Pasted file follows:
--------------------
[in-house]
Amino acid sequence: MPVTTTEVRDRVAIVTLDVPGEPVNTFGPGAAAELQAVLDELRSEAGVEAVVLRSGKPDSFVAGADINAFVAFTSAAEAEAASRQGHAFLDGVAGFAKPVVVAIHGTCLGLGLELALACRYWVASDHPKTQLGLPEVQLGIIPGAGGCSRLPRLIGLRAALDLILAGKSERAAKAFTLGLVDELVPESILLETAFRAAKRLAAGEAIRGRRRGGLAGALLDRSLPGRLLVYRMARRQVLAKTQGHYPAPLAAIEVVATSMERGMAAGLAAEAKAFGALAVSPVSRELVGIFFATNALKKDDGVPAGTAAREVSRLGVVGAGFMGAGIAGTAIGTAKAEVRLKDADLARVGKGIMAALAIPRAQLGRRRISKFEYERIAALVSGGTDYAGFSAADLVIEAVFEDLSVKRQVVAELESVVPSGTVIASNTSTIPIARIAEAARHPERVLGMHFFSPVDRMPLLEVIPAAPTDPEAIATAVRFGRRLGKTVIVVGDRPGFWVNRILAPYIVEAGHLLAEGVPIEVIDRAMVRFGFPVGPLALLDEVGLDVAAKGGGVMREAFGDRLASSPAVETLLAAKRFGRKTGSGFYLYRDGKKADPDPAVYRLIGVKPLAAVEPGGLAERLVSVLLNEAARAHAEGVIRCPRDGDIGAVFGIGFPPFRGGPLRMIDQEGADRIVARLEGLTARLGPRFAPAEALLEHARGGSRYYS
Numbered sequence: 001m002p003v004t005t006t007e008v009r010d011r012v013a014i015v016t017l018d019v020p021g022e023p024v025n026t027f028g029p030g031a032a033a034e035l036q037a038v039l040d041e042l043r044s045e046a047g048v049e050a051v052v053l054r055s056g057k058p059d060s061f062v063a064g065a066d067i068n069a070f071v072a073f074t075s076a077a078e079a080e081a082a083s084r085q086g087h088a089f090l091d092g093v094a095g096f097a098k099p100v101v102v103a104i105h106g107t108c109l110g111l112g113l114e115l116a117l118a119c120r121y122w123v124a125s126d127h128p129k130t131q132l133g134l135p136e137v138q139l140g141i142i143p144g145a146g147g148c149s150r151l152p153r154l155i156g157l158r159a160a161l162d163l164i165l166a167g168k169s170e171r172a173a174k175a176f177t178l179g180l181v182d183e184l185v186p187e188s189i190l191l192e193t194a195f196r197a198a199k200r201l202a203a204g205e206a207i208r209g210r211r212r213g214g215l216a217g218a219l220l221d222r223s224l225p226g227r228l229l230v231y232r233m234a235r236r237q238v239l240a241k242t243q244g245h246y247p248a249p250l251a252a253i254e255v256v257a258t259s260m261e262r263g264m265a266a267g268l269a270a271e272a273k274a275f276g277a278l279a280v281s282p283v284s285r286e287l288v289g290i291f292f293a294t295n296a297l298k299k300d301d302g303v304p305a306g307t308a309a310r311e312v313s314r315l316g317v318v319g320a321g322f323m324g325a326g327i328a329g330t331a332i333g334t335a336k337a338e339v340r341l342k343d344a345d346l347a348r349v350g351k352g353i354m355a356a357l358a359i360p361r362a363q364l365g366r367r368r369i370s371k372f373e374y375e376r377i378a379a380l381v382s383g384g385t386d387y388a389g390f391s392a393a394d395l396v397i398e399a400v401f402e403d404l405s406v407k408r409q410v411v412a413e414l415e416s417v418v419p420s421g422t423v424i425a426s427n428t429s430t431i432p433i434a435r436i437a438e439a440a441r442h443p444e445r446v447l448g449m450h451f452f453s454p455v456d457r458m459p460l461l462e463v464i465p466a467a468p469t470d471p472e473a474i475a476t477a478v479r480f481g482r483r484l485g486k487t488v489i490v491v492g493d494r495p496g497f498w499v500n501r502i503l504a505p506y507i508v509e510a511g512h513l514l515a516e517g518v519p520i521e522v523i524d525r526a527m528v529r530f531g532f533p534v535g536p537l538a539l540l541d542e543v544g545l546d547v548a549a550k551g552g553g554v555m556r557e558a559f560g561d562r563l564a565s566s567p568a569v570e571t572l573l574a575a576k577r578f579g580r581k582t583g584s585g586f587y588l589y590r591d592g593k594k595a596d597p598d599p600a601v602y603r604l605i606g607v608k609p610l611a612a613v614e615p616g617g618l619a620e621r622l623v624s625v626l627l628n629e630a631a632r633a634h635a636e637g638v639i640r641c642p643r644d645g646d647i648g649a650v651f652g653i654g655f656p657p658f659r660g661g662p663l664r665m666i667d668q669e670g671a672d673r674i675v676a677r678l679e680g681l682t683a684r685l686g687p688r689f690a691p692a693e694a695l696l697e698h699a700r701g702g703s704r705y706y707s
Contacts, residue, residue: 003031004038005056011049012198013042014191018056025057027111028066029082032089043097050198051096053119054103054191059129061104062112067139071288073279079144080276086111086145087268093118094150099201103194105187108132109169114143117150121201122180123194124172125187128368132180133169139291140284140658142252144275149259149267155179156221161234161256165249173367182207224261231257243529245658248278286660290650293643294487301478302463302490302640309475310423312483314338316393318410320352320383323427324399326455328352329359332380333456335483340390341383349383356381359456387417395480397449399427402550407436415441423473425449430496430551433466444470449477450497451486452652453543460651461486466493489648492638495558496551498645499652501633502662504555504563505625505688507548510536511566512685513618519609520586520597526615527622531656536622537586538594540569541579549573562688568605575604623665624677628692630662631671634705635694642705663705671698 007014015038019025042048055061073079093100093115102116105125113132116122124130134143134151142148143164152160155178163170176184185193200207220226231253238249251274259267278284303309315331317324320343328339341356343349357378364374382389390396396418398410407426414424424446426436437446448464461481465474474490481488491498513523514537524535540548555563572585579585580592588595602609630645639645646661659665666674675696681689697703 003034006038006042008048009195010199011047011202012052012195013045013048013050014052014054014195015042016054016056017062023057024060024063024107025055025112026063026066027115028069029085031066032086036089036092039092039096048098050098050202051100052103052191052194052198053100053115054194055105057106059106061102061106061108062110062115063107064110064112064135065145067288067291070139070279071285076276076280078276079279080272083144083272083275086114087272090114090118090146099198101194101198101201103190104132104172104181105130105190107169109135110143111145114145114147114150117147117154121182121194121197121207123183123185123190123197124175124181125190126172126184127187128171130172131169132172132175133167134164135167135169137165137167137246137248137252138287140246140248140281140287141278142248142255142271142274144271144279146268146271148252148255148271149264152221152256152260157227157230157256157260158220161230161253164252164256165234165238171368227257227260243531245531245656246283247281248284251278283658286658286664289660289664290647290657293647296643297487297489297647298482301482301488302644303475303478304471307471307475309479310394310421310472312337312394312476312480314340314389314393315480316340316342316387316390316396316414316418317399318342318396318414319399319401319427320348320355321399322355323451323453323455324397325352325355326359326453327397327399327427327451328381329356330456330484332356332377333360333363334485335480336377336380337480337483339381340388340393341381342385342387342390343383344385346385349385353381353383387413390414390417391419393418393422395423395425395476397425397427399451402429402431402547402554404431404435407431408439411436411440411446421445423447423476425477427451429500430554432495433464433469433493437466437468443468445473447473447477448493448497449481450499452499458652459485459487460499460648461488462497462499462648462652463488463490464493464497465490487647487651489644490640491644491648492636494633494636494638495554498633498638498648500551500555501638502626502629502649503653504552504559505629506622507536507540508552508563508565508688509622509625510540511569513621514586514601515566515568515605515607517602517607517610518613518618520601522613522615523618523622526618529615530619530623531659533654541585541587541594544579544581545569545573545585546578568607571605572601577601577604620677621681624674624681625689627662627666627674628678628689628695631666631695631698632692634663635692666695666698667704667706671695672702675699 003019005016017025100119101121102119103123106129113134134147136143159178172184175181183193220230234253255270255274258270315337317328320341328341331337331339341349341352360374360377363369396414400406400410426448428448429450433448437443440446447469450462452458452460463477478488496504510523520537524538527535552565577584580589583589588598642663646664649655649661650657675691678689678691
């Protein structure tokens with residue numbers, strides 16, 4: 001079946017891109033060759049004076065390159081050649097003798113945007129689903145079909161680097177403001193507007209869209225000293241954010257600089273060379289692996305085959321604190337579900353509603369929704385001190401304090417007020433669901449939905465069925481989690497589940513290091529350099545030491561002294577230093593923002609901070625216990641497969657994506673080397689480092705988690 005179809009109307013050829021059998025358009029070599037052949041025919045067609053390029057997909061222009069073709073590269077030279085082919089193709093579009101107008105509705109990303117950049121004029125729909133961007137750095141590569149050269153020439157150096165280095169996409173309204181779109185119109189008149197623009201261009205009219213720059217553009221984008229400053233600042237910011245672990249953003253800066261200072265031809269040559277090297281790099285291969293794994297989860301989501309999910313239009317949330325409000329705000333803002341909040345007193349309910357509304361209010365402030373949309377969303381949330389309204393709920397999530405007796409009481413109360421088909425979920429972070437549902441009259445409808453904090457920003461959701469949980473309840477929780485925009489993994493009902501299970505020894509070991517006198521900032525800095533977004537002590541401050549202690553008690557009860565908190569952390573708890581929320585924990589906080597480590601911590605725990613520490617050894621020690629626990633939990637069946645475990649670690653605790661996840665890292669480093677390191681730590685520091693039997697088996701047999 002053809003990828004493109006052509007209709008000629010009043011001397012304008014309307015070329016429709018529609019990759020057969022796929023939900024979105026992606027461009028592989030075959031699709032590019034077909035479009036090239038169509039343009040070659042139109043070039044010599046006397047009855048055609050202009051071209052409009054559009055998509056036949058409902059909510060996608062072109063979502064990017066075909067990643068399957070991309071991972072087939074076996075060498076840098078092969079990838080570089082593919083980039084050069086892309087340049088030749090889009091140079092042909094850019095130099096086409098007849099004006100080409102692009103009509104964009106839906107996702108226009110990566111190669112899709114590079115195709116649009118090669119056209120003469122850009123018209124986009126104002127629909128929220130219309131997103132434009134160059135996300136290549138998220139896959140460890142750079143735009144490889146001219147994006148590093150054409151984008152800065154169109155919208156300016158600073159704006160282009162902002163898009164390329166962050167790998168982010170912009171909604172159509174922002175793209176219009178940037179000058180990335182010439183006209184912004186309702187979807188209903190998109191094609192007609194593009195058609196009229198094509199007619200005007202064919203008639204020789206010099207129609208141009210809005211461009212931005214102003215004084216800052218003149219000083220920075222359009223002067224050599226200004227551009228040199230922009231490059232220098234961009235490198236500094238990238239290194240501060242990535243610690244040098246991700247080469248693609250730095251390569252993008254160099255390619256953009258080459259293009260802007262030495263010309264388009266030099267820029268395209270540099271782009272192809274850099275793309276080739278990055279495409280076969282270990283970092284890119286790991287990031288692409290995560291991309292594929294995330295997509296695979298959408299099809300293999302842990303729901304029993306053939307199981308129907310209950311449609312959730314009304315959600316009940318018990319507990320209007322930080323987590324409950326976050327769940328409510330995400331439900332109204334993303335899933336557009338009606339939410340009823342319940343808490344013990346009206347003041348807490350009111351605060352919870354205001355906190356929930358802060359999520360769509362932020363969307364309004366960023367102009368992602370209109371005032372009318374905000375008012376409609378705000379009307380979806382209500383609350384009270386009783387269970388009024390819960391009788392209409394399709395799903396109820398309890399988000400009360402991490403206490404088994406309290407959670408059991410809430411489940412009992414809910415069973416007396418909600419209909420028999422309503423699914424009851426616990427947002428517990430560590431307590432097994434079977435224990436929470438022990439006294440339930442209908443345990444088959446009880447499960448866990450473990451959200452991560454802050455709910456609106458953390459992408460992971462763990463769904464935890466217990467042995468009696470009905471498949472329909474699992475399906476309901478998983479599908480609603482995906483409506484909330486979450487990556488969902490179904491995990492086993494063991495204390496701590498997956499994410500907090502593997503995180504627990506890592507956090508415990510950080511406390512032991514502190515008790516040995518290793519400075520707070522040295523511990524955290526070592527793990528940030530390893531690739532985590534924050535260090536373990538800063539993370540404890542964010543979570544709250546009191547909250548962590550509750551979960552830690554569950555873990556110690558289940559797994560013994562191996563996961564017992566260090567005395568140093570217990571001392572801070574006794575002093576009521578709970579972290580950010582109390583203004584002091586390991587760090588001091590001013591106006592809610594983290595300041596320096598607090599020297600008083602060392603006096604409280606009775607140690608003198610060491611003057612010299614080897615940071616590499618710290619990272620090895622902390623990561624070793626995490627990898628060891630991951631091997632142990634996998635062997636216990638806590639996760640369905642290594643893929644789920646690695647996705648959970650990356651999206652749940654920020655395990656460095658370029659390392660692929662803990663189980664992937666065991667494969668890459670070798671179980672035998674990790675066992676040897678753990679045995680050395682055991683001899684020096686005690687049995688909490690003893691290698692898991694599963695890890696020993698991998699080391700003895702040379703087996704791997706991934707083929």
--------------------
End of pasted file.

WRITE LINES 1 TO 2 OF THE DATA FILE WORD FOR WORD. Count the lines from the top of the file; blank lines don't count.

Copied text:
[in-house]
Amino acid sequence: MPVTTTEVRDRVAIVTLDVPGEPVNTFGPGAAAELQAVLDELRSEAGVEAVVLRSGKPDSFVAGADINAFVAFTSAAEAEAASRQGHAFLDGVAGFAKPVVVAIHGTCLGLGLELALACRYWVASDHPKTQLGLPEVQLGIIPGAGGCSRLPRLIGLRAALDLILAGKSERAAKAFTLGLVDELVPESILLETAFRAAKRLAAGEAIRGRRRGGLAGALLDRSLPGRLLVYRMARRQVLAKTQGHYPAPLAAIEVVATSMERGMAAGLAAEAKAFGALAVSPVSRELVGIFFATNALKKDDGVPAGTAAREVSRLGVVGAGFMGAGIAGTAIGTAKAEVRLKDADLARVGKGIMAALAIPRAQLGRRRISKFEYERIAALVSGGTDYAGFSAADLVIEAVFEDLSVKRQVVAELESVVPSGTVIASNTSTIPIARIAEAARHPERVLGMHFFSPVDRMPLLEVIPAAPTDPEAIATAVRFGRRLGKTVIVVGDRPGFWVNRILAPYIVEAGHLLAEGVPIEVIDRAMVRFGFPVGPLALLDEVGLDVAAKGGGVMREAFGDRLASSPAVETLLAAKRFGRKTGSGFYLYRDGKKADPDPAVYRLIGVKPLAAVEPGGLAERLVSVLLNEAARAHAEGVIRCPRDGDIGAVFGIGFPPFRGGPLRMIDQEGADRIVARLEGLTARLGPRFAPAEALLEHARGGSRYYS